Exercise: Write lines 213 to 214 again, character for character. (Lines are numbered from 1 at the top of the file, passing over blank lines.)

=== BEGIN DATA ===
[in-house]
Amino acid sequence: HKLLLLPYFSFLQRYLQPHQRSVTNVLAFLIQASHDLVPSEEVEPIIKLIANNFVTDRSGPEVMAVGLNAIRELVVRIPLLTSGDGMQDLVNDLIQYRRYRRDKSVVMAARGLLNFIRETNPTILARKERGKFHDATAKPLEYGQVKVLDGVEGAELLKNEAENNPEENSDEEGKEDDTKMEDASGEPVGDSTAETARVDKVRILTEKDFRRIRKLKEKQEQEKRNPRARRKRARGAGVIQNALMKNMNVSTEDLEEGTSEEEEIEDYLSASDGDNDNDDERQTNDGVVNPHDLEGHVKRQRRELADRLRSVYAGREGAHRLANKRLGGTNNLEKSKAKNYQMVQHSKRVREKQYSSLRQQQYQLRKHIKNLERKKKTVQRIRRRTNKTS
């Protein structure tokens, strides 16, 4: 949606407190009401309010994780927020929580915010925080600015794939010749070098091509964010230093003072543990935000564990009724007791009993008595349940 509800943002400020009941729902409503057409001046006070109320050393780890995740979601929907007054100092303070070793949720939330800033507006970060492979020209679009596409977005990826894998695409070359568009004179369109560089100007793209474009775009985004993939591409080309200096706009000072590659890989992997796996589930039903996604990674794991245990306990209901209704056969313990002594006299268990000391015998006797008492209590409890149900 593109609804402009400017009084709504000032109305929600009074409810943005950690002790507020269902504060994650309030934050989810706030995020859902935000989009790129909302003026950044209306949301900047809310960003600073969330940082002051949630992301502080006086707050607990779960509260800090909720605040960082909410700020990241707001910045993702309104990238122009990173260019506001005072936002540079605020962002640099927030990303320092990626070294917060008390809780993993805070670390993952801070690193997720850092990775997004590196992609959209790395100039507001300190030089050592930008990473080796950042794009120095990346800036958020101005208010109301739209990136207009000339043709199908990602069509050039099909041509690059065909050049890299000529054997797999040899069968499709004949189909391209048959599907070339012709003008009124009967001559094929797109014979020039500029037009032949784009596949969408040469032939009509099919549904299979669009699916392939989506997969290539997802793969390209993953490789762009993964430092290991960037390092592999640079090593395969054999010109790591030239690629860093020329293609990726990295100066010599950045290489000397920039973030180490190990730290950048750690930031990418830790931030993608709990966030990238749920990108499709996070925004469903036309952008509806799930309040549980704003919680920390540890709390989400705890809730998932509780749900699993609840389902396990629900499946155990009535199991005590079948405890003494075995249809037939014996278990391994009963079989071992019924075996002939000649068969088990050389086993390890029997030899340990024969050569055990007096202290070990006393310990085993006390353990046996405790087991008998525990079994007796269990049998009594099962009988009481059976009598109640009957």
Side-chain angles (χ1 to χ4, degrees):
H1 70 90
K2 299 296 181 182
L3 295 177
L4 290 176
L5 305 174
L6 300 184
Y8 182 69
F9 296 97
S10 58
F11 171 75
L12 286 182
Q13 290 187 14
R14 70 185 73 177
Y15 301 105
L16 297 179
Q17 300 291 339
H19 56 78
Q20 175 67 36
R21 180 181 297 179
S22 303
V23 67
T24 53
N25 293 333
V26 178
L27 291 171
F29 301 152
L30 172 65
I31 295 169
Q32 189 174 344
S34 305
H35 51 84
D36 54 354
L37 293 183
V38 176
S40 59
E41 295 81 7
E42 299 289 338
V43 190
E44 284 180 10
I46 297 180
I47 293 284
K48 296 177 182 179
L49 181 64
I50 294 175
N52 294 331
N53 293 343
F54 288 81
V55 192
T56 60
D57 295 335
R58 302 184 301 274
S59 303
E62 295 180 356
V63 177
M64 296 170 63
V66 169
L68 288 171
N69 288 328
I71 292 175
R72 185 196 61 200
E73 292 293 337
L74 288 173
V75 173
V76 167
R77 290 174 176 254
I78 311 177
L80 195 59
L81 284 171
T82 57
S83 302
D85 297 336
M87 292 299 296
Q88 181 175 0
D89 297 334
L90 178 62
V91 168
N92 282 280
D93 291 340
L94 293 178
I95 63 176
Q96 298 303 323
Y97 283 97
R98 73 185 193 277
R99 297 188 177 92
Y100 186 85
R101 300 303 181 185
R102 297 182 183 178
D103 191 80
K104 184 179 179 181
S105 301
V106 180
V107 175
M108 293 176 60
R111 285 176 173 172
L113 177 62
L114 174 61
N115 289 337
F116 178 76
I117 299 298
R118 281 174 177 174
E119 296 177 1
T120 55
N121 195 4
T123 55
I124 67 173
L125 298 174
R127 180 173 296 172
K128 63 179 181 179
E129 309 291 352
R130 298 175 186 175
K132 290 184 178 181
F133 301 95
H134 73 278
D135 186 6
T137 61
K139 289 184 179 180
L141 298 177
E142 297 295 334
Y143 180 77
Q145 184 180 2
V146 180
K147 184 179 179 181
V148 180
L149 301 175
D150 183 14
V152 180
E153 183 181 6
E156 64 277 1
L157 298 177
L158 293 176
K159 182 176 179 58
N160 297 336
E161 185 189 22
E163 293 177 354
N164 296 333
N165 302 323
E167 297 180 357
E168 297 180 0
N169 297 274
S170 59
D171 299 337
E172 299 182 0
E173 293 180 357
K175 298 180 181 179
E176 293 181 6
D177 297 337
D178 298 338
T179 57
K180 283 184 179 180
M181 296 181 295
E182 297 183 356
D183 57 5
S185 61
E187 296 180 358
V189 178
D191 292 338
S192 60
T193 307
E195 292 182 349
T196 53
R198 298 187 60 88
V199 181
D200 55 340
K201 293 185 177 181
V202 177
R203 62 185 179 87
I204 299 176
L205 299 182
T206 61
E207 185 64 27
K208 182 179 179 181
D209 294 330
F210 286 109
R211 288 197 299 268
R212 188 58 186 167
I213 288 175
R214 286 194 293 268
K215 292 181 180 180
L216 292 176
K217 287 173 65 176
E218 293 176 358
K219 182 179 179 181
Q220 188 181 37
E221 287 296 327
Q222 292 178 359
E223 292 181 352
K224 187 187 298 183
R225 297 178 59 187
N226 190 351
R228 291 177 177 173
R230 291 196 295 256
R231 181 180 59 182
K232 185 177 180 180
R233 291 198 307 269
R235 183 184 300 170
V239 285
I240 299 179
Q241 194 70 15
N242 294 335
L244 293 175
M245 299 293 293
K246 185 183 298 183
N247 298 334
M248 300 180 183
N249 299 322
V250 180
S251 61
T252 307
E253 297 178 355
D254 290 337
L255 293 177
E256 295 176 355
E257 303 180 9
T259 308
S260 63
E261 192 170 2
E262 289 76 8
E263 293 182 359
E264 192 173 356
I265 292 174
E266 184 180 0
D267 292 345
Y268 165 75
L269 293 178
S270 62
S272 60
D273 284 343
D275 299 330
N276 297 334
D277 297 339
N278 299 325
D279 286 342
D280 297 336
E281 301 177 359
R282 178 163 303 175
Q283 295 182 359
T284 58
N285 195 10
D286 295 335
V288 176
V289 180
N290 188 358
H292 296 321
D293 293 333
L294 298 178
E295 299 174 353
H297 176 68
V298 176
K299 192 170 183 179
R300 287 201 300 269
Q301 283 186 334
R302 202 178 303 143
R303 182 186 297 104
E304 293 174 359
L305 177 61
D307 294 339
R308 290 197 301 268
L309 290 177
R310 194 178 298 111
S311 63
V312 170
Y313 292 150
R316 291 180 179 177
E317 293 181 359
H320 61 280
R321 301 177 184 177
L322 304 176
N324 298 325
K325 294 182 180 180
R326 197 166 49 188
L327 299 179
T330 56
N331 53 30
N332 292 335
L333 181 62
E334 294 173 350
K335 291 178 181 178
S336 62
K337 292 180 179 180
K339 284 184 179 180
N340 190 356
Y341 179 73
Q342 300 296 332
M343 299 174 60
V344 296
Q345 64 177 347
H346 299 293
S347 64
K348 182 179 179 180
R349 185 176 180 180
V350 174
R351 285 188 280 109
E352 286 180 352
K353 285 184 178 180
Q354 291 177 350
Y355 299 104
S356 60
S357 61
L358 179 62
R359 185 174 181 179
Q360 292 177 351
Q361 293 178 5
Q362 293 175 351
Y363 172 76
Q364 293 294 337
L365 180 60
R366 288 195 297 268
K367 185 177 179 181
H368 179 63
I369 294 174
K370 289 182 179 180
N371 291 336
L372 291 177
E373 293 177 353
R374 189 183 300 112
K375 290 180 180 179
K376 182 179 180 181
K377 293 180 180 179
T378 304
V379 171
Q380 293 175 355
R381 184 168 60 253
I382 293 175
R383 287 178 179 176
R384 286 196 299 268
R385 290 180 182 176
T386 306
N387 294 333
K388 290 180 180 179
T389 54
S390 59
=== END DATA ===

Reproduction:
E253 297 178 355
D254 290 337